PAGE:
to disease and impervious to aging; to have unlimited youth
and vigor; to exercise control over their own desires, moods,
and mental states; to be able to avoid feeling tired, hateful,
or irritated about petty things; to have an increased capacity
for pleasure, love, artistic appreciation, and serenity; to
experience novel states of consciousness that current human
brains cannot access. It seems likely that the simple fact of
living an indefinitely long, healthy, active life would take
anyone to posthumanity if they went on accumulating memories,
skills, and intelligence.
could be completely synthetic artificial intelligences, or they
could be enhanced uploads [see “What is uploading?”],
or they could be the result of making many smaller but cumulatively
profound augmentations to a biological human. The latter alternative
would probably require either the redesign of the human organism
using advanced nanotechnology or its radical enhancement using
some combination of technologies such as genetic engineering,
psychopharmacology, anti-aging therapies, neural interfaces,
advanced information management tools, memory enhancing drugs,
wearable computers, and cognitive techniques.
authors write as though simply by changing our self-conception,
we have become or could become posthuman. This is a confusion
or corruption of the original meaning of the term. The changes
required to make us posthuman are too profound to be achievable
by merely altering some aspect of psychological theory or the
way we think about ourselves. Radical technological modifications
to our brains and bodies are needed.
is difficult for us to imagine what it would be like to be a
posthuman person. Posthumans may have experiences and concerns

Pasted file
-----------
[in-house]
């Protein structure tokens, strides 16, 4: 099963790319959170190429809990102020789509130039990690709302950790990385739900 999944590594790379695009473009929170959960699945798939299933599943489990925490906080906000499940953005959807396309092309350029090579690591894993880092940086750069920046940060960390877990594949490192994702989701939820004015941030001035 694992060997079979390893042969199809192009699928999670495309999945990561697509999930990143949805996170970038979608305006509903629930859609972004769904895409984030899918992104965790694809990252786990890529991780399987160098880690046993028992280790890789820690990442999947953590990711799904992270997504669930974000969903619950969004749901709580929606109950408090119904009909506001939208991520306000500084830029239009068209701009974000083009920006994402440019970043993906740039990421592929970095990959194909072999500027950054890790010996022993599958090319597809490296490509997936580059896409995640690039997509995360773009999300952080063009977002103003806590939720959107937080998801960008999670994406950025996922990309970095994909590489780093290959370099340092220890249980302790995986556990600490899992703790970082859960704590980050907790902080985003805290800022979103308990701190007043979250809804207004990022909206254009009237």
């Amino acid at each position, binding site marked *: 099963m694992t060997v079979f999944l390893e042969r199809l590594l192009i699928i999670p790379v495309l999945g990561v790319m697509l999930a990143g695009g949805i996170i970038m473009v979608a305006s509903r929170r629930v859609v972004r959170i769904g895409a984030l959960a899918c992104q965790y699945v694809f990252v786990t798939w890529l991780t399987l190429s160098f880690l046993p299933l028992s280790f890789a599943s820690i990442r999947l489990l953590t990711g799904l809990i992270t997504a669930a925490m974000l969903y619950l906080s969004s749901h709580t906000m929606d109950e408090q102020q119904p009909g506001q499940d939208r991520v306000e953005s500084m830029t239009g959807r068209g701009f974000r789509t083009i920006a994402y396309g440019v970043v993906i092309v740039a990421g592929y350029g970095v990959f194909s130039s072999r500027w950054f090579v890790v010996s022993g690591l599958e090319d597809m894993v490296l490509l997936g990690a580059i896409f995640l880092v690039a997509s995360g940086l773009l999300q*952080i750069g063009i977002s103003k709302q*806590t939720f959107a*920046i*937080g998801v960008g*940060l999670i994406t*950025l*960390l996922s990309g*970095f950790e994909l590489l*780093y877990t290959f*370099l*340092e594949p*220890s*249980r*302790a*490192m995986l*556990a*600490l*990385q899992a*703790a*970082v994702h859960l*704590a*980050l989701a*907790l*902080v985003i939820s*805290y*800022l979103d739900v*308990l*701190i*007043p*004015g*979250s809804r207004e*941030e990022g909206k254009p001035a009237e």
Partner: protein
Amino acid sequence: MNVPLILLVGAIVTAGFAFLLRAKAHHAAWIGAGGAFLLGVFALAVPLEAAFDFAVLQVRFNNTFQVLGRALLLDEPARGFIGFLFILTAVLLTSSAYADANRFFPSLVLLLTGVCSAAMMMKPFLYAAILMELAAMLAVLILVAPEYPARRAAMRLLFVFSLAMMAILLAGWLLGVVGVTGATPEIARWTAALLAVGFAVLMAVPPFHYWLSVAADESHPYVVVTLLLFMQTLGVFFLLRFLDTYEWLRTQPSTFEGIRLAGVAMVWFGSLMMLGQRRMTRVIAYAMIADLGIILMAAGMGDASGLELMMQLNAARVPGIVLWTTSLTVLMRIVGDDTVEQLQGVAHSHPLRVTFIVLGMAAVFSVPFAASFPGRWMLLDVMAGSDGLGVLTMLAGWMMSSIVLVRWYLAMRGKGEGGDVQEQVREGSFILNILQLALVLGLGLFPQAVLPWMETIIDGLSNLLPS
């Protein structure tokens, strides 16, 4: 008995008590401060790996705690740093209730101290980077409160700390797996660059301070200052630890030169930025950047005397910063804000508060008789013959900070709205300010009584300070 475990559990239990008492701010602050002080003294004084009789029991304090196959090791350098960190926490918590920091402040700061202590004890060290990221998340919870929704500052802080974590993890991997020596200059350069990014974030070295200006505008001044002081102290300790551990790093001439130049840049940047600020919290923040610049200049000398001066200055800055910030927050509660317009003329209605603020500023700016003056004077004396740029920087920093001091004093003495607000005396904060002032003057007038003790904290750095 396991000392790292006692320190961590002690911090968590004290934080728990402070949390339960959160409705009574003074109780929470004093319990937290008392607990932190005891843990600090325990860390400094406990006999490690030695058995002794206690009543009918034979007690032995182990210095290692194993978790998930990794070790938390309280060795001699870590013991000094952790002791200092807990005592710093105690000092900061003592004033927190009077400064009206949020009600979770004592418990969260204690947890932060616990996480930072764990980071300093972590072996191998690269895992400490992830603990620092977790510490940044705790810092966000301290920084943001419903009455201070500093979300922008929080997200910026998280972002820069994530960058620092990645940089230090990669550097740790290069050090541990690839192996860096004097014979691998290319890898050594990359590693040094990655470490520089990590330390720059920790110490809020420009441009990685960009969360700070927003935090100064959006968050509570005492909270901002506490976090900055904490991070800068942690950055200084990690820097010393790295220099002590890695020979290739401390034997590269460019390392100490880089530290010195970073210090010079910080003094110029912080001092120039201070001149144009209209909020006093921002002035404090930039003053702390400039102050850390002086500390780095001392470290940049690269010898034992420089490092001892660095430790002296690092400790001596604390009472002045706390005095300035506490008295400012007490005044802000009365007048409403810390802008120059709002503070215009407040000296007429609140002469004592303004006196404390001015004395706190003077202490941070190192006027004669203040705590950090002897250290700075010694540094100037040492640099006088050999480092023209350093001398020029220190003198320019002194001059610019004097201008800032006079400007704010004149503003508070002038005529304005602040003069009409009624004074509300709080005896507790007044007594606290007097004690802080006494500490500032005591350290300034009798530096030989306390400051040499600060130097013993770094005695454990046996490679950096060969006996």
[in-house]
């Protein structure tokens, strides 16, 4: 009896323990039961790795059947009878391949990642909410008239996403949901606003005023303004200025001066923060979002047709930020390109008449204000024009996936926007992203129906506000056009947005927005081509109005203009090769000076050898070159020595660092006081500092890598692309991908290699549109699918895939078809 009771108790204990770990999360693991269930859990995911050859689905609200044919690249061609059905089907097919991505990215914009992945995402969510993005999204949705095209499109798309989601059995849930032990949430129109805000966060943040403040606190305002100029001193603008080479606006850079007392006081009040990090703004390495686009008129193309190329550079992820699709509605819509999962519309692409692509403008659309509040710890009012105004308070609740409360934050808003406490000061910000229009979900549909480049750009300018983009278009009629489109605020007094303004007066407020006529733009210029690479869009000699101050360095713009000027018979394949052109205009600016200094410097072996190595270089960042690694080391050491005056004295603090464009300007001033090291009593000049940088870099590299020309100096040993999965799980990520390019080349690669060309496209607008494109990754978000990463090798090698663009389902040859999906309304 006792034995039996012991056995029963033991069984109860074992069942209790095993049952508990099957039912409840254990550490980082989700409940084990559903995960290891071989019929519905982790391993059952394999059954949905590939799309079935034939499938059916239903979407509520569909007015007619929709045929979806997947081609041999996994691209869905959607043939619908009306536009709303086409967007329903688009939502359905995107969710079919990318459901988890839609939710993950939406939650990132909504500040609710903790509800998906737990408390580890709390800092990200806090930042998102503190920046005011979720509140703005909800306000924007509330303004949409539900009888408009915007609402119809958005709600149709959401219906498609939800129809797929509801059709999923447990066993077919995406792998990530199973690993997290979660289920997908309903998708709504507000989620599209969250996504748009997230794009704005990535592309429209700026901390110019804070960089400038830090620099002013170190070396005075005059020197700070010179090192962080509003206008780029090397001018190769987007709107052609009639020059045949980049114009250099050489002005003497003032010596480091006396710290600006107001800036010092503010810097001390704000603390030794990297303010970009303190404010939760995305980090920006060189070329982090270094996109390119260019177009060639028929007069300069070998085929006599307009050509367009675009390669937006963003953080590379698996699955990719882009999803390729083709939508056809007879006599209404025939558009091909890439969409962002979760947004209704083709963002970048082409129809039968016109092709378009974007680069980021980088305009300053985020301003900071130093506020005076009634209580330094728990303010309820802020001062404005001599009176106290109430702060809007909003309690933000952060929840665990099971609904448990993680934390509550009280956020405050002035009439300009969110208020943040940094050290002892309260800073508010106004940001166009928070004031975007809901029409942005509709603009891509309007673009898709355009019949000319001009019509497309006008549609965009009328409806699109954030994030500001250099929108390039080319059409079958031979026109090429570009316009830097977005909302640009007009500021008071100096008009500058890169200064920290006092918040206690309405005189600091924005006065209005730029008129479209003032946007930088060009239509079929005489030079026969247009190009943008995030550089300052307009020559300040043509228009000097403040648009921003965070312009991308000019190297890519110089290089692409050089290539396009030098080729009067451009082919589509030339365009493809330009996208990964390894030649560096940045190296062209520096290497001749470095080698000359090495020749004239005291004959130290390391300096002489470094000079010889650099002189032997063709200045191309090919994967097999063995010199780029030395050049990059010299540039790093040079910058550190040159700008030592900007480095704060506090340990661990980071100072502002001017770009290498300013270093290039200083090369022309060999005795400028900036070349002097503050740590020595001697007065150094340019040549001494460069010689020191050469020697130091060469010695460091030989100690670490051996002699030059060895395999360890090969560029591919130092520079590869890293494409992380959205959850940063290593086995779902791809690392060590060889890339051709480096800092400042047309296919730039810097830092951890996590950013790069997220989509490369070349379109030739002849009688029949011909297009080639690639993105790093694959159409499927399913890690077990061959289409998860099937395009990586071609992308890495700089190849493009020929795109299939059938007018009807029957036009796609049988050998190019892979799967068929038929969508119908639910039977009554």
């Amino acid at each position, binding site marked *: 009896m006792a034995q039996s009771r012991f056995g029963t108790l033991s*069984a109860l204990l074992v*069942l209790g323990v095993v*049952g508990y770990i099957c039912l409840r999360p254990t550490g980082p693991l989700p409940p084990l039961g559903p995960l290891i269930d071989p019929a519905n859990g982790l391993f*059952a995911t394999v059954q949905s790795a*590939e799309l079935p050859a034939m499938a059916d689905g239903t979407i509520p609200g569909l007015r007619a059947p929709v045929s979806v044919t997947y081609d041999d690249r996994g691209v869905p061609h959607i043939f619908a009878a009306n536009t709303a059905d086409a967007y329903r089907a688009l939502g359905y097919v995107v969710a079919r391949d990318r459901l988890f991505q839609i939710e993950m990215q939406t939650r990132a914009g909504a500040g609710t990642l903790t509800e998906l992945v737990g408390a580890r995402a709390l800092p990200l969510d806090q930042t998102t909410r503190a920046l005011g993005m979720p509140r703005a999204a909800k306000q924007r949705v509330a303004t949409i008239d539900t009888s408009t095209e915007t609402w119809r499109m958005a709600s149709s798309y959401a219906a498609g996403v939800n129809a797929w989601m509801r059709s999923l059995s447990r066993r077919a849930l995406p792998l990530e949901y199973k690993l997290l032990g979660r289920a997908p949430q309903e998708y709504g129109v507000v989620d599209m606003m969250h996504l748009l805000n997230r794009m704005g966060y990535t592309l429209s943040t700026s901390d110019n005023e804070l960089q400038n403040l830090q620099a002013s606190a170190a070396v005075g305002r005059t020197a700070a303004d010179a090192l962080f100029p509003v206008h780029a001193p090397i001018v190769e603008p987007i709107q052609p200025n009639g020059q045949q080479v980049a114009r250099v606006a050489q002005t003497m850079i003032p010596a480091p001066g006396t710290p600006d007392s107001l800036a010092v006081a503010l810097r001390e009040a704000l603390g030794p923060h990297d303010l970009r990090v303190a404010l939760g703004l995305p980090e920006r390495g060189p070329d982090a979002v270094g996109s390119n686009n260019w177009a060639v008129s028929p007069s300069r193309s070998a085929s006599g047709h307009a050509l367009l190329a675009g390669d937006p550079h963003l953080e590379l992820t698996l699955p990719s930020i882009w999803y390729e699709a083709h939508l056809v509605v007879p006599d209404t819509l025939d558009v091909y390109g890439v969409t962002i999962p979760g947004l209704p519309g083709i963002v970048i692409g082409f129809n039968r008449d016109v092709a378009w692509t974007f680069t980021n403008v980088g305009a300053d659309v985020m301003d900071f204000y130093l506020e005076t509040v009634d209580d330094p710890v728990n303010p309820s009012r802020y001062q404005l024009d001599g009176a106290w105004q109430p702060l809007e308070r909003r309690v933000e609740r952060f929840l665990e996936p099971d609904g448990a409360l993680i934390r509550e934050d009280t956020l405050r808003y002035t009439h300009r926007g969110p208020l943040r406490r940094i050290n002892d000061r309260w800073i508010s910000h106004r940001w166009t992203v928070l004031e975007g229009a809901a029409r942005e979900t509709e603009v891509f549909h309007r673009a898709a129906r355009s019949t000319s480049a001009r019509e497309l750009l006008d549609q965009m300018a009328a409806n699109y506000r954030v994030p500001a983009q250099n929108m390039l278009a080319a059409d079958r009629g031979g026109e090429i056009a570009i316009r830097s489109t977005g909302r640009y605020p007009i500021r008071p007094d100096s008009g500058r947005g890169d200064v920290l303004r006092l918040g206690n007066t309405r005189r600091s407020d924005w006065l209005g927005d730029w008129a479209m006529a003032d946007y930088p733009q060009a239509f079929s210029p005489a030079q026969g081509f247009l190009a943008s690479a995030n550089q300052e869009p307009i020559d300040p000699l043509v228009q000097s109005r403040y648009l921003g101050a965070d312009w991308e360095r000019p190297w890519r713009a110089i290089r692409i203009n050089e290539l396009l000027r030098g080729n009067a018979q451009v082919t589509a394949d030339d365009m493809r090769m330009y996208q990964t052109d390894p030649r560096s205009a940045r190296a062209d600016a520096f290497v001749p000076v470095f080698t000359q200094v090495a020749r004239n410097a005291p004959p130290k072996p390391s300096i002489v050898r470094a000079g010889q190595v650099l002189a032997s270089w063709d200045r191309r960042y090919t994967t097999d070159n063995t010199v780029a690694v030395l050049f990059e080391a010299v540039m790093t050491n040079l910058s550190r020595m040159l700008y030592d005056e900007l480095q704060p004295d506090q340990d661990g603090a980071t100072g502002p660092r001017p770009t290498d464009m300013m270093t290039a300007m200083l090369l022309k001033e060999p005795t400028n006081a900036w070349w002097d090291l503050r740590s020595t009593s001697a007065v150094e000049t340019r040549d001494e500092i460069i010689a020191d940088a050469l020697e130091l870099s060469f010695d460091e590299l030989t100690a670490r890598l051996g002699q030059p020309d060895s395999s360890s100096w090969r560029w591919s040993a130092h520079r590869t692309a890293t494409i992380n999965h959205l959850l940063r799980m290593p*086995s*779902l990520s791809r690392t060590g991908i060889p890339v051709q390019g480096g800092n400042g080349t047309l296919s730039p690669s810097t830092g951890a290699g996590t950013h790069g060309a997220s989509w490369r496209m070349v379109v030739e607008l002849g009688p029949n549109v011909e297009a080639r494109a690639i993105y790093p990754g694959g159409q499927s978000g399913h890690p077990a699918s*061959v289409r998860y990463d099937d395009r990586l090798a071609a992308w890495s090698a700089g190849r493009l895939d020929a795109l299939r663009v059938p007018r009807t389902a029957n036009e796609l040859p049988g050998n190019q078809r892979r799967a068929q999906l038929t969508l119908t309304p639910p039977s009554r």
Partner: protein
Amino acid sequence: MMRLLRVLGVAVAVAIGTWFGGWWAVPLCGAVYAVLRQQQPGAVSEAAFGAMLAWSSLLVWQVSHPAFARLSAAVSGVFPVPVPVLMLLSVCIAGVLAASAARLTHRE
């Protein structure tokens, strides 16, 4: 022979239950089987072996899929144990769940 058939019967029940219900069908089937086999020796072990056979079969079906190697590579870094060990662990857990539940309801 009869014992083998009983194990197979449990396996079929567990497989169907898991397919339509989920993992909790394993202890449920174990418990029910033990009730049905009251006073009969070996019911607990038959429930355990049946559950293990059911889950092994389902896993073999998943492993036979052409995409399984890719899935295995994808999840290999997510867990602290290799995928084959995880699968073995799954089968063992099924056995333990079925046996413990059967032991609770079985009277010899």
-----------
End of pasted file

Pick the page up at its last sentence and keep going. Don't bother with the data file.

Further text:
that we cannot fathom, thoughts that cannot fit into the three-pound
lumps of neural tissue that we use for thinking. Some posthumans
may find it advantageous to jettison their bodies altogether
and live as information patterns on vast super-fast computer
Their minds may be not only more powerful than ours but may
also employ different cognitive architectures or include new
sensory modalities that enable greater participation in their
virtual reality settings. Posthuman minds might be able to share
memories and experiences directly, greatly increasing the efficiency,
quality, and modes in which posthumans could communicate with
each other. The boundaries between posthuman minds may not be
as sharply defined as those between humans.
might shape themselves and their environment in so many new
and profound ways that speculations about the detailed features
of posthumans and the posthuman world are likely to fail.
What is a transhuman?
its contemporary usage, “transhuman” refers to an
intermediary form between the human and the posthuman
[see “What is a posthuman?”]. One might ask, given
that our current use of e.g. medicine and information technology
enable us to routinely do many things that would have astonished
humans living in ancient times, whether we are not already transhuman?
The question is a provocative one, but ultimately not very meaningful;
the concept of the transhuman is too vague for there to be a
transhumanist is simply someone who advocates transhumanism
[see “What is transhumanism?”]. It is a common error
for reporters and other writers to say that transhumanists “claim
to be transhuman” or “call themselves transhuman”.
To adopt a philosophy which says that someday everyone ought
to have the chance to grow beyond present human limits is clearly
not to say that one is better or somehow currently “more
advanced” than one’s fellow humans.
etymology of the term “transhuman” goes back to
the futurist FM-2030 (also known as F. M. Estfandiary),
who introduced it as shorthand for “transitional human”.
Calling transhumans the “earliest manifestation of new
evolutionary beings,” FM maintained that signs of transhumanity
included prostheses, plastic surgery, intensive use of telecommunications,
a cosmopolitan outlook and a globetrotting lifestyle, androgyny,
mediated reproduction (such as in vitro fertilization), absence
of religious beliefs, and a rejection of traditional family
However, FM’s diagnostics are of dubious validity.
It is unclear why anybody who has a lot of plastic surgery or
a nomadic lifestyle is any closer to becoming a posthuman than
the rest of us; nor, of course, are such persons necessarily
more admirable or morally commendable than others. In fact,
it is perfectly possible to be a transhuman – or, for
that matter, a transhumanist – and still embrace most
traditional values and principles of personal conduct.
FM-2030. Are You a Transhuman? (New York: Warner Books, 1989).
(Selection from Version 2.1 (2003)
TRANSHUMANIST FAQ by Nick Bostrom
*Faculty of Philosophy,Oxford University.
10 Merton Street, Oxford OX1 4JJ, U. K.